It is also very interesting to learn how an actor’s daily rate is calculated in Germany. Actors get higher wages if they attended an acting conservatory. Yes. You heard me right. The main television stations ZDF, RTL and ARD have a rating system. For example, you would get paid the most if you attended the best acting school and have worked previously for said station.
Now, to the cost of working bi-continentally. So far, in my experience, I have made no money. This pilot I will shoot next week will be my first real paycheck. All the other work I’ve done has been pro-bono or deferred payment with travel costs paid for. So no money lost but none earned. It’s kind of like when you’re first starting off acting and do theater for free or short films for free. I considered it an investment. And it HAS paid off. If the pilot is picked up, I will have a recurring role that will work for at least a few months in Berlin. And since Bela Kiss will be playing theatrically, I suppose that will lead to more work.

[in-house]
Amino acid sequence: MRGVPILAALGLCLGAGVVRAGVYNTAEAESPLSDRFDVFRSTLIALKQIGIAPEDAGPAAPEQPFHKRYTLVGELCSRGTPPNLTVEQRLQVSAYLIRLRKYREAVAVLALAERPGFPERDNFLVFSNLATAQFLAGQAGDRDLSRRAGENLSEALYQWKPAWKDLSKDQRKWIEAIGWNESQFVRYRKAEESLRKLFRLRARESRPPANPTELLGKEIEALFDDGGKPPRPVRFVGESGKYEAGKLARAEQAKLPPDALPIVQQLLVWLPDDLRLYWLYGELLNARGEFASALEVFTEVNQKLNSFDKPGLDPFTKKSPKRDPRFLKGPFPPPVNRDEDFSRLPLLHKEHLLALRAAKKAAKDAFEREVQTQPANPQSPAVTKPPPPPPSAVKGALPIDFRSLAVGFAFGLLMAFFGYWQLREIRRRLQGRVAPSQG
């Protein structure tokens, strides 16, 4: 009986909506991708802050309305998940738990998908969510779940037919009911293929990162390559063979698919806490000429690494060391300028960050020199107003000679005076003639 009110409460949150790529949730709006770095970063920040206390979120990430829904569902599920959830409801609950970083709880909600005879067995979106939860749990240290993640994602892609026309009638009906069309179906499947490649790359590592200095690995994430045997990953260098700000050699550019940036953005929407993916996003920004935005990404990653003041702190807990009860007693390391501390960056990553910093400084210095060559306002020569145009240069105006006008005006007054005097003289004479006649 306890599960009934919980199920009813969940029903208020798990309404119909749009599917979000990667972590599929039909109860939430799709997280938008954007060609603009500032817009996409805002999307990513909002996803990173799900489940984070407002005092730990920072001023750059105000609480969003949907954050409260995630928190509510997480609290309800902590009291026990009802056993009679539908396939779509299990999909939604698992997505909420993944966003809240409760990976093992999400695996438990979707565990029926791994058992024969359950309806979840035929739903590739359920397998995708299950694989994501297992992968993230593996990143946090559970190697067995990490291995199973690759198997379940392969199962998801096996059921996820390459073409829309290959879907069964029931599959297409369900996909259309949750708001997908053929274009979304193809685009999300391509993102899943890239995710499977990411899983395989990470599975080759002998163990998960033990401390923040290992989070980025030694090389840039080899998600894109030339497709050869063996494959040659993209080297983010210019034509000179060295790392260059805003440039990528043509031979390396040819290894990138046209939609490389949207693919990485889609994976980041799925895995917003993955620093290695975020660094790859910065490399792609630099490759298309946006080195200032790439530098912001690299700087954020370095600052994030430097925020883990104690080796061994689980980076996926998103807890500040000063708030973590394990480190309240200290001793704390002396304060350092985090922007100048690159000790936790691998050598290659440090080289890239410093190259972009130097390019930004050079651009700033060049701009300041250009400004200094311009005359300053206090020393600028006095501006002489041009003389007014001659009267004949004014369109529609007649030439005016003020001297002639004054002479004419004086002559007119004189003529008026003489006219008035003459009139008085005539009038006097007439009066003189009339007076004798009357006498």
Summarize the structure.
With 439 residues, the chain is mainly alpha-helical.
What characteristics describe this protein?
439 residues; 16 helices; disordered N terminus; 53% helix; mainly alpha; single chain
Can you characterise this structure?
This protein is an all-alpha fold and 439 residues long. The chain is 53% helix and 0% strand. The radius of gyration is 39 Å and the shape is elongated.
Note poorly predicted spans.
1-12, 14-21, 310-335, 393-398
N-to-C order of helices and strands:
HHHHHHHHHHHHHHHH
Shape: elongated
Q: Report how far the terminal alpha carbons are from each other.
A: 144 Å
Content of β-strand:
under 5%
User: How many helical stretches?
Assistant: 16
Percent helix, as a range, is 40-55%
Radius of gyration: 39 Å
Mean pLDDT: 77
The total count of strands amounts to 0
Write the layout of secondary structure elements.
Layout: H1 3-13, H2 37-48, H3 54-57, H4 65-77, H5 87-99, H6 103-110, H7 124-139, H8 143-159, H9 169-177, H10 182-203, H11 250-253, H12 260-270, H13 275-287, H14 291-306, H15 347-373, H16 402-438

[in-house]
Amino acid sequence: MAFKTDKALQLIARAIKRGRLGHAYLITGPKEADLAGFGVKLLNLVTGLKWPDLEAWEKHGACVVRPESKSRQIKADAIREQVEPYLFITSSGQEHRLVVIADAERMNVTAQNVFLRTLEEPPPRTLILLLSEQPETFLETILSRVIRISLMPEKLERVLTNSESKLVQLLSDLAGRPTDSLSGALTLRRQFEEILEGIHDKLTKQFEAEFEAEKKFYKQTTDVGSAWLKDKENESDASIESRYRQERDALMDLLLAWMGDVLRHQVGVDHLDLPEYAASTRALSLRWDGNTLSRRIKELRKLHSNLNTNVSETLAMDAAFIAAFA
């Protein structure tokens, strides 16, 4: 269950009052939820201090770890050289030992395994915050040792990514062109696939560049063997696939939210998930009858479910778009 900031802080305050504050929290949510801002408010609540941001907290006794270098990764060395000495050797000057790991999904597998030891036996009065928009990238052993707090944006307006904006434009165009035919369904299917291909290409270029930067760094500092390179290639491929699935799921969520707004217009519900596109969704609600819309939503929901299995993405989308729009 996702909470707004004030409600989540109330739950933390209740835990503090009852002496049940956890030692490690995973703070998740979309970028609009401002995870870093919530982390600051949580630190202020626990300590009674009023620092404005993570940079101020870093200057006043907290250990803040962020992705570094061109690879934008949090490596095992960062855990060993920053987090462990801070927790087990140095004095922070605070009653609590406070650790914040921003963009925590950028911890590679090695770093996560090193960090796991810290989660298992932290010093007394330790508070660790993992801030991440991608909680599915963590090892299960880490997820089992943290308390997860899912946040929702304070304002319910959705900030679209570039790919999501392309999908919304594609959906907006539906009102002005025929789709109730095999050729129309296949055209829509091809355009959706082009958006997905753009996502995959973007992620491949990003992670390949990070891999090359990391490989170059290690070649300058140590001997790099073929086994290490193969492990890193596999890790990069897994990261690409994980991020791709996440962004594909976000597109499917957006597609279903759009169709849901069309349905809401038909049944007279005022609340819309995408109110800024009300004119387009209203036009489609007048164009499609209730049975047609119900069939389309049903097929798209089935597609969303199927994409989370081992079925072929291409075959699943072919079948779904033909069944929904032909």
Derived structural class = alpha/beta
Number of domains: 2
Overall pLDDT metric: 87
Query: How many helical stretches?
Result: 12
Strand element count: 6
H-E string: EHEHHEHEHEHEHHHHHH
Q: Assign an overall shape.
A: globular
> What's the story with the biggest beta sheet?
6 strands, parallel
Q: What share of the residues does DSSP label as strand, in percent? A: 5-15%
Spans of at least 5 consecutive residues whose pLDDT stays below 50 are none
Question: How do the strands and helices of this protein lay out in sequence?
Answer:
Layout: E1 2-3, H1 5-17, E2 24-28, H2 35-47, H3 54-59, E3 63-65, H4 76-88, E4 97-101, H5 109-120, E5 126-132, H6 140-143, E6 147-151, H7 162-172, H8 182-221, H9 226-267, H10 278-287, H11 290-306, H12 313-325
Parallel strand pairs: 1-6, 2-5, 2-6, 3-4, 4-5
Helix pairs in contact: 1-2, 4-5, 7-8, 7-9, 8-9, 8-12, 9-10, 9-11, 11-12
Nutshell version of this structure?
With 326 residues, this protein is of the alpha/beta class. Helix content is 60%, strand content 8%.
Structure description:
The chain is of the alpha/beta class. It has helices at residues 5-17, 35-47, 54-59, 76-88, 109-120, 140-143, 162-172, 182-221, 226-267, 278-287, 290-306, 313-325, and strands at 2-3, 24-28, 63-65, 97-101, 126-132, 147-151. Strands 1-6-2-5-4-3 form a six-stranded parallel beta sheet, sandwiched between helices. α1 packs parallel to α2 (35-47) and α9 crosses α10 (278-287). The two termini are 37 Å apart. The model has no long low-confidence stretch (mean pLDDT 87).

But the experience I’ve gained is priceless. And the opportunity to play roles that would most likely be played by film stars in America is also priceless.
The experience of working with highly trained actors on set – most German actors have gone to a conservatory and worked extensively in theater – is definitely different from the US. The art of acting is taken very seriously. I would probably say there’s less FUN on set and people are really intense – there are less compliments thrown around. But I see how seriously they take their job and with what respect acting is treated and it makes me PROUD to be an actor… In a casting session in Germany, it is highly frowned upon to arrive with your sides! In fact you are automatically disqualified if you are not off book. Quite different than here wouldn’t you say? The down side of this is that German acting can be quite stiff at times. However, I think this is changing as American TV and American style naturalism is becoming popular over there.